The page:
Have you ever heard of the “count to 10 and then act” when you’re stressed, mad, or shocked? There is a reason for that. Taking a moment to stop and only focus on your breath can significantly lower your heart rate, blood pressure, and, in turn, your stress levels.
There are many different breathing exercises to try out when you’re starting your mindfulness activity journey. Some of them include:
Deep belly breaths - also called diaphragmatic breathing, this exercise helps you become more aware of filling your belly with air, improving your deep breathing capability.
Counting breaths - pick a number you can easily count to when inhaling and focus on exhaling for the same number of counts. Over time, that number will increase, and in turn, help you feel less stressed and overwhelmed.
2-4 breathing - another breathing exercise that involves counting breaths, but this time, increasing your exhales to further activate your parasympathetic nervous system.
4-7-8 breathing - usually used to help you fall asleep, the 4-7-8 method calms your system and helps improve your sleep quality. You’re meant to inhale for four counts, hold your breath for seven, and exhale for eight.
Meditation is a state that can only be described as being in the present moment. Quite often, mindfulness and meditation are used interjectably. Even though they aren’t synonyms, there can be no meditation without mindfulness, and that’s why this type of practice is often encouraged when embarking on the mindful journey.
Whether you choose to do your breathing exercises as a sort of meditation or follow guided sessions, they’re proven to be effective in everything from stress reduction to pain management.
The same concept of being in the present moment translates into your everything else you’re doing, including eating. Mindful eating practices encourage limiting or avoiding distractions such as TVs and scrolling through social media. They allow you to focus on all of your senses that are involved in the eating process.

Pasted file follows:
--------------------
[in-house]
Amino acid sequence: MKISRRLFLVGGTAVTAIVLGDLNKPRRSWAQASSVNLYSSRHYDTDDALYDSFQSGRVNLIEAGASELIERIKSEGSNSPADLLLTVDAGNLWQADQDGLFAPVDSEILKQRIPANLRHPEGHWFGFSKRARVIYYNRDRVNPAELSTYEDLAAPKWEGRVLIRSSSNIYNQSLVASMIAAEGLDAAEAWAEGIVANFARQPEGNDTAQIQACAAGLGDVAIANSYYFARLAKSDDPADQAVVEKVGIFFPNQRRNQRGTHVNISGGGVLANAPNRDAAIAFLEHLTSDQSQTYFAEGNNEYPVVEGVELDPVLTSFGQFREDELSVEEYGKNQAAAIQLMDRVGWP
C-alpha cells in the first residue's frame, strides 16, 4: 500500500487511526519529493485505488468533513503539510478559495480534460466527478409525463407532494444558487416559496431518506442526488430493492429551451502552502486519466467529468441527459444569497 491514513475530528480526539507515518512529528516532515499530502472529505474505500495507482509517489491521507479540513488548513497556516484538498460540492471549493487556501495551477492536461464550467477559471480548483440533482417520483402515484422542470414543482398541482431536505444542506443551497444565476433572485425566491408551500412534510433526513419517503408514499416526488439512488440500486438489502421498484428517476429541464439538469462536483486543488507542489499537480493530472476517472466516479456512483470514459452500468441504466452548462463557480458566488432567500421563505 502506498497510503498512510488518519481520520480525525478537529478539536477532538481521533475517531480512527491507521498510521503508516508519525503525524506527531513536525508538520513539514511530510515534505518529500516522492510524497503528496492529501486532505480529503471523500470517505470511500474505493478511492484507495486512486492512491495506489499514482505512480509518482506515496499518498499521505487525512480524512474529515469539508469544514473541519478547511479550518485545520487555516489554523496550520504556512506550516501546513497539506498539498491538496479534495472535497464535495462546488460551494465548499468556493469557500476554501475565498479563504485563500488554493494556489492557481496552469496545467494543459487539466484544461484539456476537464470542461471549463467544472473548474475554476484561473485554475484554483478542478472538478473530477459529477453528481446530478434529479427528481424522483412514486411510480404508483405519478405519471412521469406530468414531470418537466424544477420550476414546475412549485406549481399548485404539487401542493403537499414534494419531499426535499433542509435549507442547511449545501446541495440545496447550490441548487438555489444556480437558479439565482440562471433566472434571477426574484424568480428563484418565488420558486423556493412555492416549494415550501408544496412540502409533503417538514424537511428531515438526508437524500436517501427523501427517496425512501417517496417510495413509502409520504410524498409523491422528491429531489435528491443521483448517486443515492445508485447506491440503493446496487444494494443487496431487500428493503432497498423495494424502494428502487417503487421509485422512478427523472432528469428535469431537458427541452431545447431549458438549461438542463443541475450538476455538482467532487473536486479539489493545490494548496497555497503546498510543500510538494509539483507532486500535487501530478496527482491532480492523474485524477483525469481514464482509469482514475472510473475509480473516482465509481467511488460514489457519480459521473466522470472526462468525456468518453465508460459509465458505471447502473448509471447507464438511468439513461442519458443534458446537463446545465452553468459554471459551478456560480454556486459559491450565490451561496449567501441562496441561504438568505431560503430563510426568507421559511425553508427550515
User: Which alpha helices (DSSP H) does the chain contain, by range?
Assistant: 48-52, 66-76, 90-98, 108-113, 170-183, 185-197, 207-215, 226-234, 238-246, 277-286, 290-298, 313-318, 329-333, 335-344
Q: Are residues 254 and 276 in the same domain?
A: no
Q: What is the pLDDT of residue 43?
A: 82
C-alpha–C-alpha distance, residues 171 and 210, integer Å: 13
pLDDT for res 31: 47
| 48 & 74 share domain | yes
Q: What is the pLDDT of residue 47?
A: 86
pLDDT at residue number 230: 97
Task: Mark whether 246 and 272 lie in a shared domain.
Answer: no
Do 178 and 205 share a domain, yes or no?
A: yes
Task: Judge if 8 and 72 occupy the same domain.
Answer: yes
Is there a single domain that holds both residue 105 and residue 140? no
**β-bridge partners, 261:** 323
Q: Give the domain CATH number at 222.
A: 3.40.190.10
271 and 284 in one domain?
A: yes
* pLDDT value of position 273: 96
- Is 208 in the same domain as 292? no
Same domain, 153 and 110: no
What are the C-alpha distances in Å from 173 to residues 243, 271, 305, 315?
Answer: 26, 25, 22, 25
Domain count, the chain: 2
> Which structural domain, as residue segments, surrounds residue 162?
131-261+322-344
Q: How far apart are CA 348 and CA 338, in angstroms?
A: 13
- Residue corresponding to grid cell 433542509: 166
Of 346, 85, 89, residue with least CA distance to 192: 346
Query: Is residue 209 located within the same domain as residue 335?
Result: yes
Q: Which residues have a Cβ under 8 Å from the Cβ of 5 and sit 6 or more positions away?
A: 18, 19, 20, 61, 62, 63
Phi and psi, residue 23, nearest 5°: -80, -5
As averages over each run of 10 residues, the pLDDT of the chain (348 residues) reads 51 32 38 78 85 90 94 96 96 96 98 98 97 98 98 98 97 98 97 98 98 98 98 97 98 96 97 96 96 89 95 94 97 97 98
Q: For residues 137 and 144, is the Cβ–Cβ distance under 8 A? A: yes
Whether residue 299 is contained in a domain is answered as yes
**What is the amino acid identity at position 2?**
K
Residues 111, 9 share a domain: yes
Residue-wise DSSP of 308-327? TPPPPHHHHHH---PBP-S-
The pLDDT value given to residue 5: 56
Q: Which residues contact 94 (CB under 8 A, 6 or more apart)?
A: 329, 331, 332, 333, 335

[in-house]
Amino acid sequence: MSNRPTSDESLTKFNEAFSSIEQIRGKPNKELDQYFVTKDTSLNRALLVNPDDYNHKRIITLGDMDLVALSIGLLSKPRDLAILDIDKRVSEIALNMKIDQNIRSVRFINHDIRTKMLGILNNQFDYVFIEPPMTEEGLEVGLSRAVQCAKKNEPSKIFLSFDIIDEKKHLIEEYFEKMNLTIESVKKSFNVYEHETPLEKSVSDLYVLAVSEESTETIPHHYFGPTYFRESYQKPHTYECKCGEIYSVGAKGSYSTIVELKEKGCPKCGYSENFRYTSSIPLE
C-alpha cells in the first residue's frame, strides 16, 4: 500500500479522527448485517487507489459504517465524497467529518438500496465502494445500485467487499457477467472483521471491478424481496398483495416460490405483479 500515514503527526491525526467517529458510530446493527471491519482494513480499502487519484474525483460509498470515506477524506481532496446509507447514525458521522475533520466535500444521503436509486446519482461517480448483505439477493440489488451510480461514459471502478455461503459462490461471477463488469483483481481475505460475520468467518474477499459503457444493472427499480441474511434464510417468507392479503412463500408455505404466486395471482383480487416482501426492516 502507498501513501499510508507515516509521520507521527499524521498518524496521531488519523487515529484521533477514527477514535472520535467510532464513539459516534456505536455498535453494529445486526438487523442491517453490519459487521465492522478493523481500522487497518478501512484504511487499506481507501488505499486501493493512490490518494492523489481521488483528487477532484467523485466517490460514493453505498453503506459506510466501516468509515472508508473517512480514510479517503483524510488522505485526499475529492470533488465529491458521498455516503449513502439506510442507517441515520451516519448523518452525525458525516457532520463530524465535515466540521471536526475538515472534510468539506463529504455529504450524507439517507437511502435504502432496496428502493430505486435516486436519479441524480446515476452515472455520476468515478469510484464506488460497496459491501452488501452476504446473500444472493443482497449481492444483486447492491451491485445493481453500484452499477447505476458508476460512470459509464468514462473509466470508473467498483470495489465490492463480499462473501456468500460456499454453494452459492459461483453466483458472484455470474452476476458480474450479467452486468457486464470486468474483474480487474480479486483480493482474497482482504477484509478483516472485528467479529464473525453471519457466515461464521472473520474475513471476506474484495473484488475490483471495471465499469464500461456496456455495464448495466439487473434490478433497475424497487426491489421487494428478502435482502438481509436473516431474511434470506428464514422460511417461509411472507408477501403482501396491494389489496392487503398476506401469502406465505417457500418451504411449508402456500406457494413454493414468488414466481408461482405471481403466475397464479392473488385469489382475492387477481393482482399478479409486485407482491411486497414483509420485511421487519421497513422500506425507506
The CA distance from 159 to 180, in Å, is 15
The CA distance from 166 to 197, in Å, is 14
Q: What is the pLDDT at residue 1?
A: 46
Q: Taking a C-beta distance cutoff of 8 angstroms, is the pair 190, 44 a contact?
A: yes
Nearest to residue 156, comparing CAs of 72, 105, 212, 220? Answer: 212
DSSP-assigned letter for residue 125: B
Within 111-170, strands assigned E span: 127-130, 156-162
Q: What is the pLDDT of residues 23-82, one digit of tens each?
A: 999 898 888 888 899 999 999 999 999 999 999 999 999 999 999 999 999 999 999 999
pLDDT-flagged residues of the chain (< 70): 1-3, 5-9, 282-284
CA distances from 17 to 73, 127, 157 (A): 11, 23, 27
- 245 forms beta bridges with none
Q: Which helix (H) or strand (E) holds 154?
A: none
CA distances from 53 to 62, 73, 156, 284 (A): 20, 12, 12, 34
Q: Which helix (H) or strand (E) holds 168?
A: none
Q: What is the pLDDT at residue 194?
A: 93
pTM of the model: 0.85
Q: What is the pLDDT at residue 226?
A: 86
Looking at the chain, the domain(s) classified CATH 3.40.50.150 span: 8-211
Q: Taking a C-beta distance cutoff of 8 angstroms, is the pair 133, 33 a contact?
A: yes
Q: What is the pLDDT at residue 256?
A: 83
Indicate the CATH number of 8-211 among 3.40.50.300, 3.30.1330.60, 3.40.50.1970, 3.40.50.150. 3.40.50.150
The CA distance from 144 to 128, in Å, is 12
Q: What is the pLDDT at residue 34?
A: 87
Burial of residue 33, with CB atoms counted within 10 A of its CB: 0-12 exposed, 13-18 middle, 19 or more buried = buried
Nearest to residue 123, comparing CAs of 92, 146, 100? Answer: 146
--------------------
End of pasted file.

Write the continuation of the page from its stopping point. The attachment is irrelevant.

From smelling and tasting the food to noticing its textures and properly chewing, research shows how simply paying more attention to the food we eat increases our nutrient absorption rate, reduces gastrointestinal discomfort, and helps us manage our weight.
Use the same approach when it comes to hydration. When the weather gets colder, we often tend to drink less fluids. Being mindful of your water intake helps you stay on track with your hydration goals and reduces the risk of dehydration.
Mind-to-Muscle Connection in Exercises
By now you can already guess what the activity will be here: actively feeling the muscles you’re working on during your workout at the present moment. So many of us are guilty of just “doing our workouts” as opposed to actually paying attention to our movements. Some of us think of work and all we have to accomplish that day, others use their workouts to clear their minds and not think of anything. Even though the latter is a form of meditation for them, it’s still not allowing them to be present and actually focus on the exercises they’re doing.
This leaves space for injuries and wrong muscles compensating for the ones that should actually be doing the work. Next time you go to the gym, think about the muscle you’re using and activate it to the best of your intentions. Feel the movement, the weight, the stretch, the push. You might be more sore than usual after a workout like this, but that only means it worked!
Fall Self-Care Practices
And last, but not least, implement a variety of mindful self-care practices this fall season that will make you connect to yourself. Give yourself a spa night on a weekly basis, turn off the TV and the mindless scrolling, and get cozy with a book or a journal, take some time to cook a nice and comforting meal, or book a massage at your favorite studio. Find those practices that not only keep you relaxed, but also allow you to stay in the present and fully experience them, no matter how long they take.
Although challenging and overwhelming, the fall season is also a time of beauty, change, and renewal. Taking steps to manage stress can help you enjoy all that the season has to offer, so stay in tune with your fall mindfulness activities and feel your stress decline one breath at a time.
ABOUT KARLA TAFRA
Karla Tafra, a Croatian content creator, yoga teacher, nutritionist, writer, and brand consultant, has been residing in the US for 7+ years. She has collaborated with various brands such as Nike, Gymshark, Adidas, Lululemon, Gaiam, Bodybuilding.com, Sakara Life, and W Hotels worldwide. Additionally, she served as the official off-season yoga teacher for the Seahawks and conducted health and wellness seminars in Facebook, Google, and Pinterest. Despite having a master's degree in law, her true passion lies in working with health and wellness brands that strive to enhance people's lives. She lives with her toddler in Bellevue, WA.